View Full Version : Lead loading center board
10-05-2009, 04:42 AM
Continued from Casting Catboat rudder hardware:
What I had been thinking of is taking a sheet of ordinary mild steel, say 10mm thick and cut it roughly to the desired shape of the centerboard, drill holes for pivot pin, etc. Then cast lead around it until you achieve the desired thickness and weight. It won't rust, as all the steel is safely covered with lead and wont be as prone do deformation as ordinary lead, due to the steel backbone.
I think it's possible .You would need lots of holes through the steel to mechanically lock the lead to the inner board .Perhaps ever 3" at 1/2" diameter?
The main problem might be to preheat the steel to at least the melting point of the lead ,so as not to chill the lead as it flows into the mould .
An interesting idea and worthy of discussion .Perhaps a separate thread with a descriptive title ?
I got the idea after reading something similar to this article.
From what I understand it adheres to the steel without having to drill holes or anything fancy. I'd expect it would hold on the center board steel "back bone" too. No personal experience though, so I'll leave final judgement up to the more experienced.
10-05-2009, 05:43 AM
Howabout this: instead of a steel plate, why not use ribbed bars of steel like in concrete?
Not so much steel to be preheated, with 6 or even 4mm bars you might get away without any preheating. Grid of bars near both surfaces just like in reenforced concrete. The bars take the stretch and the lead takes the compression.
10-05-2009, 05:51 AM
So it is really a matter of whether to cast a coating an inch thick or to apply lead like a panel beater .It will depend on the thickness of the board you require .The panel beaters method sounds good , less setup ,reasonably easy and relatively safe .A home version of galvanising .If you mess up a section just melt it off with a torch and do it again .I like it !
10-05-2009, 06:34 AM
a sheet of ordinary mild steel, say 10mm thick and cut it roughly to the desired shape of the centerboard, drill holes for pivot pin, etc. Then cast lead around it until you achieve the desired thickness and weight. It won't rust, as all the steel is safely covered with lead and wont be as prone do deformation as ordinary lead, due to the steel backbone
The deformation comment is dodgy - all the "Backbone" is within 5mm of the neutral axis, so the steel offers very little in the way of stiffness to the overall structure.
If a 10mm (3/8 inch aprox) steel plate is strong enough then OK, but if not, then this is not a clever distribution of material.
I like Timo's suggestion.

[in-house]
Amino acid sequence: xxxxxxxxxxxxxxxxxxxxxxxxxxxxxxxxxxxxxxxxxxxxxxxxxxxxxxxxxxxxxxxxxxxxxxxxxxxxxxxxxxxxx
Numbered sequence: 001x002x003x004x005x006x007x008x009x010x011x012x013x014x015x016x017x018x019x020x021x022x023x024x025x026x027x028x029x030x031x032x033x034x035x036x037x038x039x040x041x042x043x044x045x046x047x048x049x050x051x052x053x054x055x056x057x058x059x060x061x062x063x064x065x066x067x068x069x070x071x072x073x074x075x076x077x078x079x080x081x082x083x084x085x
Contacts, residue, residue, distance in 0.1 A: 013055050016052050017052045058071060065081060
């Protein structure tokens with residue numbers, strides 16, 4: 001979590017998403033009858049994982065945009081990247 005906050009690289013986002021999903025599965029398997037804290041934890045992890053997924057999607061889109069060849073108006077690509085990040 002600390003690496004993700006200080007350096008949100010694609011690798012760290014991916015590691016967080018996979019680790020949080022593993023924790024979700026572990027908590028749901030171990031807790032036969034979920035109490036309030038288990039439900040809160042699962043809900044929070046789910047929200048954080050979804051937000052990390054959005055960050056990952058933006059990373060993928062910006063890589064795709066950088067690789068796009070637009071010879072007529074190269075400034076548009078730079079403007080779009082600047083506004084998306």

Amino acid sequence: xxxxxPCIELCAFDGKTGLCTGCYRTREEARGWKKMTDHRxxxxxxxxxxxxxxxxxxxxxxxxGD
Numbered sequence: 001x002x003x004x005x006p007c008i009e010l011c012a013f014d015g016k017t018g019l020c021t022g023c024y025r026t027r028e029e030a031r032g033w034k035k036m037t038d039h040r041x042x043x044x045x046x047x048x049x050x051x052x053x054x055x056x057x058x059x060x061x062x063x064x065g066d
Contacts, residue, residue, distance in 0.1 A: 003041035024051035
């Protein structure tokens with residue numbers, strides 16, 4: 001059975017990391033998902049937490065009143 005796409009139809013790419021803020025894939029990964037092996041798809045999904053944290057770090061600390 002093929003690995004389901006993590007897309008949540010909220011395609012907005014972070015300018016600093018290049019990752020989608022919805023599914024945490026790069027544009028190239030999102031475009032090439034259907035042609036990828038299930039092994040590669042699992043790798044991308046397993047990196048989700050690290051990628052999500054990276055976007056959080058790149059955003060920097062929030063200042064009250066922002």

10-05-2009, 09:07 AM
I was thinking of casting a 5mm+ layer of lead around a steel plate. But for now it is only thinking. When the jury comes with their opinion Iíll decide on how to do things further.
Timo, The bars idea is interesting too.
As for deformation, you can easily weld some reinforcement ribs on the steel on strategic places.
10-05-2009, 10:01 AM
Casting a thin skin around a steel plate is an entirely different proposition from wiping a thin layer onto sheet metal. If the plate isn't cleaned, fluxed and heated, I doubt the lead would stick. Then there's the problem of suspending the steel plate in the mold, precisely centered, while it's hot.
Although wiping lead works well for sheet metal, I think there'd be some difficulty getting a thick steel plate hot enough, with enough control, even in small areas, to use this method effectively. From the pipe sweating and gutter soldering I've done, it seems that the metal has to be hotter than the melting point of the lead alloy or nothing's going to stick to anything. But not too hot, if you see where this is going.
10-05-2009, 10:57 AM
Lead is SOFT. Centerboard slots are not. Hit something with a sideways impact and anything that is mostly lead will bend. Centerboard will then not retract. Bad juju.
So a steel plate with a lead coating will be fine, but a CB that is mostly lead would not be a good idea in my book.
Also I think that there have been some good discussions on the wisdom of trying to put a lot of ballast in a centerboard -- and the consensus from one or more NA's was that it wasn't. When down it puts *some* weight low where it belongs, but when up the weight is too high.
10-05-2009, 11:04 AM
How hard would the lead alloy have to be in comparison to pure lead (i.e. what addition of antimony, tin, etc.) so that it wouldn't eventually start sagging? Even if it does stick, would not a 5mm layer develop "runs" under its own weight, particularly with the bending loads that a C.B. undergoes?
Center boards are for directional stability. When you start adding weight to them for ultimate stability you also add the weight of the winch and wire to raise them. Keep the weight in the keel and only use enough weight in the cb to keep it down in my opinion.
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